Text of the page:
Sign: THINK-GONE, THINK-DISAPPEAR:  This is a depictive / iconic metaphor but the individual parts of the sign make perfect sense and are not idiomatic.

Sign:  SEE-YOU-TOMORROW:  A modified 3-hand can be used as a joke sign for "See you tomorrow" by straddling the nose with the index and middle while grazing the cheek with the thumb (as if combining the signs SEE and TOMORROW.  This is absolutely not a serious sign. It is a Joke.

Sign:  STUCK: "unwanted pregnancy" and/or "unplanned pregnancy." 

Idiom: UNDERSTAND / STAND-UNDER:  This sign does and upside-down version of the sign for STAND.

Idiom: MISUNDERSTAND / MISS-STAND-UNDER:  This sign is introduced immediately after doing the STAND-UNDER sign.  Instead of making contact with the palm-down-flat-non-dominant hand the dominant V "misses" the palm two or three times. 

Special category idioms: Sound-alikes:






Idiom: HOLLYWOOD:  This is a sound-alike: The sign HOLLYWOOD is partially idiomatic due to it likely having evolved from the sign for HOLIDAY. Most ASL signers simply recognize the sign HOLLYWOOD when used in context.  However, someone unfamiliar with the language might wonder why someone is signing HOLIDAY to mean "HOLLYWOOD."  You could argue that this sign is an idiom because you are signing one thing (holiday) and using it to mean something else (Hollywood).  This sign is what I'd term a "sound-alike."  (See NECK-NAME-(nickname)

Idiom: NECK-NAME-(nickname) This sign is a "sound-alike" type idiom / pun.  It is a pun because it is a play on words. It is idiomatic  because you are signing one thing but meaning something else. (See: HOLLYWOOD)

Idiom: SHAKE-SPEAR: sound-alike for Shakespeare.

Idiom: OIC: sound-alike for "Oh, I see!"  (Compare:  OH-I-SEE).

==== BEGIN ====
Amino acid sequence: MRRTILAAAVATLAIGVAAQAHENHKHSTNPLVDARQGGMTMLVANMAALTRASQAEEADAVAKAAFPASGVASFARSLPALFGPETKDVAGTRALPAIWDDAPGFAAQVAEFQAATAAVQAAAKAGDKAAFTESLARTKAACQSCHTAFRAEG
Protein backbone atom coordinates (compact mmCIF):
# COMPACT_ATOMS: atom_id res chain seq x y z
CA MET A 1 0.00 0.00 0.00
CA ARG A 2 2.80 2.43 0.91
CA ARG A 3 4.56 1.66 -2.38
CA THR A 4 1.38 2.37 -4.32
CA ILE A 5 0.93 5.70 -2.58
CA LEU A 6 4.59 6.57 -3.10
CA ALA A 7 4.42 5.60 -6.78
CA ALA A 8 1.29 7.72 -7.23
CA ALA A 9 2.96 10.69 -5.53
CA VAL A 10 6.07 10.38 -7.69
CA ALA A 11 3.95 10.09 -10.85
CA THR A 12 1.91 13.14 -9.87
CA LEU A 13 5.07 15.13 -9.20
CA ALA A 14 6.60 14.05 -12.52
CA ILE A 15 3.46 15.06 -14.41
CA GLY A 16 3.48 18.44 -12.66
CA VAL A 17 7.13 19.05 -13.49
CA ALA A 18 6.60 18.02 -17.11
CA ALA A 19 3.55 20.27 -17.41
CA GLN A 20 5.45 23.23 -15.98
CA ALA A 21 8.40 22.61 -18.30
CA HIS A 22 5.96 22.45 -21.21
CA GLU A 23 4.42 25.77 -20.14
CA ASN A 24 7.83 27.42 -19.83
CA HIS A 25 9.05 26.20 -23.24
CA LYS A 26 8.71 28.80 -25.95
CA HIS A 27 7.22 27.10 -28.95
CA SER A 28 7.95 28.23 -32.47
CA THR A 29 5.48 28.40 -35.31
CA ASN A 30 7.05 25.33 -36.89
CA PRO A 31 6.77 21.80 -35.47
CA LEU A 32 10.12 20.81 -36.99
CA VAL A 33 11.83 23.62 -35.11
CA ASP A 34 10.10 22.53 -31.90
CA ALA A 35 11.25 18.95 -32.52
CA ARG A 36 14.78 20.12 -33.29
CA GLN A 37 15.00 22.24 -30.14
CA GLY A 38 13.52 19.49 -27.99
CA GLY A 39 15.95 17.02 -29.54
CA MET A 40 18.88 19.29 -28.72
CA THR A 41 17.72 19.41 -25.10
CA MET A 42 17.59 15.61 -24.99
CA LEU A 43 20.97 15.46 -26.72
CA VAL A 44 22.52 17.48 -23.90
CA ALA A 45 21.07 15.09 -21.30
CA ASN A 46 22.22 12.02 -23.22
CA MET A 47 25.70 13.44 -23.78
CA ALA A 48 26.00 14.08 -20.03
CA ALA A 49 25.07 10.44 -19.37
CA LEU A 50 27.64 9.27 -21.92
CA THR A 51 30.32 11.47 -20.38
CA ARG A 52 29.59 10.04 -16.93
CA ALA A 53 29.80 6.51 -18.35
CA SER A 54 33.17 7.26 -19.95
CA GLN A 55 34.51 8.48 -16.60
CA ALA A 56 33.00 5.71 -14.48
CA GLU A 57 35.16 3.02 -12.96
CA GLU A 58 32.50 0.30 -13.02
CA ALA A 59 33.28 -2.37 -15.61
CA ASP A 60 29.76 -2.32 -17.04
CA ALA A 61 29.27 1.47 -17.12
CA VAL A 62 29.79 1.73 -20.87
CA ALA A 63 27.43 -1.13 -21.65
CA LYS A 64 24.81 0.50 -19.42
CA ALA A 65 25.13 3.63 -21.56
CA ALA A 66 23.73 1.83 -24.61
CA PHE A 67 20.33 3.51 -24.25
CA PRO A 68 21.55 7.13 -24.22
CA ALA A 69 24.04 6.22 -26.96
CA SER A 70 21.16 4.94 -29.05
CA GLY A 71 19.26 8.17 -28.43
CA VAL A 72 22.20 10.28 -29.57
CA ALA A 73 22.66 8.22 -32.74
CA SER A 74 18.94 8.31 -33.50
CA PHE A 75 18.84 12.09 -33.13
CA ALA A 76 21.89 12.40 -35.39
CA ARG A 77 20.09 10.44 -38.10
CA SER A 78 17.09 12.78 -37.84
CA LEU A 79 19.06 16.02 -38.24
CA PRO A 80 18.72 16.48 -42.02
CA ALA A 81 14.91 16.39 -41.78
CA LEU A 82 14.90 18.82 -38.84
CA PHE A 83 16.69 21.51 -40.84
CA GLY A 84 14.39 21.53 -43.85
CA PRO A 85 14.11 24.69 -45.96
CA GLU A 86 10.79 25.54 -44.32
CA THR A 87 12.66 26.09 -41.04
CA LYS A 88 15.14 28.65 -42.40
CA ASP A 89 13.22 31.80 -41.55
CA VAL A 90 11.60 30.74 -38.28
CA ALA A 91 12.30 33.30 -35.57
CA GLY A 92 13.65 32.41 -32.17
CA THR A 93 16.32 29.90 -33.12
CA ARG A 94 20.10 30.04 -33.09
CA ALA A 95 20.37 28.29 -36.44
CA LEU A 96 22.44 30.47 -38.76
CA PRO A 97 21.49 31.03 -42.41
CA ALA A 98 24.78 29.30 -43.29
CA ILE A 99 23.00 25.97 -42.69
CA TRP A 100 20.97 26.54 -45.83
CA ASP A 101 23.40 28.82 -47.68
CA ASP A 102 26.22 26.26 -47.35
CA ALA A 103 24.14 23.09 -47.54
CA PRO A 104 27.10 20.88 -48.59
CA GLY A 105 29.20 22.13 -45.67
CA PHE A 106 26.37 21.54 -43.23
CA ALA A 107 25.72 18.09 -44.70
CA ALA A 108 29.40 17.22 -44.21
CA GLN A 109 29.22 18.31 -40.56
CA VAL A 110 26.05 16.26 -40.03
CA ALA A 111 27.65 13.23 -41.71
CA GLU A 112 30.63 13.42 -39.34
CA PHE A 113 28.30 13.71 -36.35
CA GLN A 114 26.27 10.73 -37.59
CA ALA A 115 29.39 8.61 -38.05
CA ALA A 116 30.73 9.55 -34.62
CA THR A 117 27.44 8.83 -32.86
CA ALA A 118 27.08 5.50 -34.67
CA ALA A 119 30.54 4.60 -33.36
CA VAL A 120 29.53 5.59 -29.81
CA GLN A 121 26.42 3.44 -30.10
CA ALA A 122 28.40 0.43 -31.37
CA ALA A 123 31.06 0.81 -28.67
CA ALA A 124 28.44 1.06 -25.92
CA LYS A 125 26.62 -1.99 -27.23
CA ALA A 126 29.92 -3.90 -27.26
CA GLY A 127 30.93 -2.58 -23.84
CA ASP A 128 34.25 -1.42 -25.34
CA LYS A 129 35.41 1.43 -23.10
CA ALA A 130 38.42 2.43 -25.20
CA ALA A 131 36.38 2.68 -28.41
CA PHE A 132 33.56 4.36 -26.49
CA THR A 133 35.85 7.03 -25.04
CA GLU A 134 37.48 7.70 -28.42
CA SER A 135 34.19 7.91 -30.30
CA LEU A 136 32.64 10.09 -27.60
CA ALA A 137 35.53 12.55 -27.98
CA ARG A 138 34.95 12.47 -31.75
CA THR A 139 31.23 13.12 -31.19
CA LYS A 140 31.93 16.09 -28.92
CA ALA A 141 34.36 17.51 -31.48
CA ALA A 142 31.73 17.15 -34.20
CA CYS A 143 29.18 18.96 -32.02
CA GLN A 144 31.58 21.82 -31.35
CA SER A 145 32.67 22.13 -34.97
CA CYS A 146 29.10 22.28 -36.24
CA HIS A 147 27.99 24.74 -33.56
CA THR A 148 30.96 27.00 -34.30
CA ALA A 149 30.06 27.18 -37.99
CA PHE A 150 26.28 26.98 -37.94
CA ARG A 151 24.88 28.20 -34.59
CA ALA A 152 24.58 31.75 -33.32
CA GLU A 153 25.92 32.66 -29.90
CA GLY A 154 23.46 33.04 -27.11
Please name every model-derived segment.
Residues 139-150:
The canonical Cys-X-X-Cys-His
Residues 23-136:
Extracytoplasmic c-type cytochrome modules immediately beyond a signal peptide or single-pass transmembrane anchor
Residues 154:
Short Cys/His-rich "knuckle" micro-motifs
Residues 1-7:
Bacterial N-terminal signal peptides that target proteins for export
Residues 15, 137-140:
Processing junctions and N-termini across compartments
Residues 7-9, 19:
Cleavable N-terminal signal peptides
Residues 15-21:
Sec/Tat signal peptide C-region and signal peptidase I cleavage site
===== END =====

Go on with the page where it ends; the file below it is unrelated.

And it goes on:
In a message dated 8/27/2010 11:48:54 A.M. Pacific Daylight Time, a student writes writes:
 In my ASL class the teacher gave a hand out of about 12 idiomatic uses of "FINISH" like "knock it off!" I am also fluent in Spanish and there are many idiomatic expressions in that language that really shed a light on how the people view, regard, and relate to their surroundings.  By studying those means of expression and their historical roots, I have learned a great deal about the different Hispanic cultures.  I am trying to find trying to find more ASL Idioms as another resource to better understand Deaf Culture. 

Dear (student),
Some things to consider when discussing idioms:

Is the sign an idiom or is it simply a "multiple meaning sign (MMS)"?

What is the effect of diglossia on non-manual signals (NMS's) or non-manual markers (NMM's)? 

Does associating the "main label" of the English gloss of an ASL concept (such as "FINISH") with the multiple meanings of an ASL concept result in an idiom?

The sign glossed as "FINISH" has multiple meanings.  One of those meanings is "knock it off."  Does it result in an idiom when we mouth the word FISH, while thinking the English word FINISH, while doing the sign for "knock it off"? The "knock it off" sign is considerably different from the "I am finished" sign. Thus it is hard to justify the idea that we are signing one thing and meaning another. 

We are signing two different things:
1.  "knock it off" (one hand, faster movement, slightly longer hold at the end, forward head tilt with a slight twist, glare, furrowed eyebrows, verb agreement/directionality, etc.)

2.  "I am finished," (two hands, slight backward head tilt/swish, slight elongation of the neck, no verb agreement/directionality, etc.)

Thus how can we say we are signing one thing and meaning another? We are actually signing two different things while using the same "English" label / gloss ("finish").
This is a "very" complex topic and one worthy of your endeavors.
Please do update me from time to time on your thinking and findings.
Dr. Bill

Lizzie Green
March 17, 2003

Idioms: Shine Some Light on the Subject

What is an idiom? According to the 1993 Merriam-Webster dictionary, an  idiom is "an expression in the usage of a language that is peculiar to itself either grammatically or in having a meaning that cannot be derived from the conjoined meanings of its elements" (575).

 "To put your foot in  your mouth," "in over your head," "have a heart," "up a creek without a paddle," "shed some light on the subject"—these are all examples of idioms. "To put your foot in your mouth" does not literally mean to put your foot in your mouth. These are figurative expressions that mean something else. "To put your foot in your mouth" means to say something you probably should not have.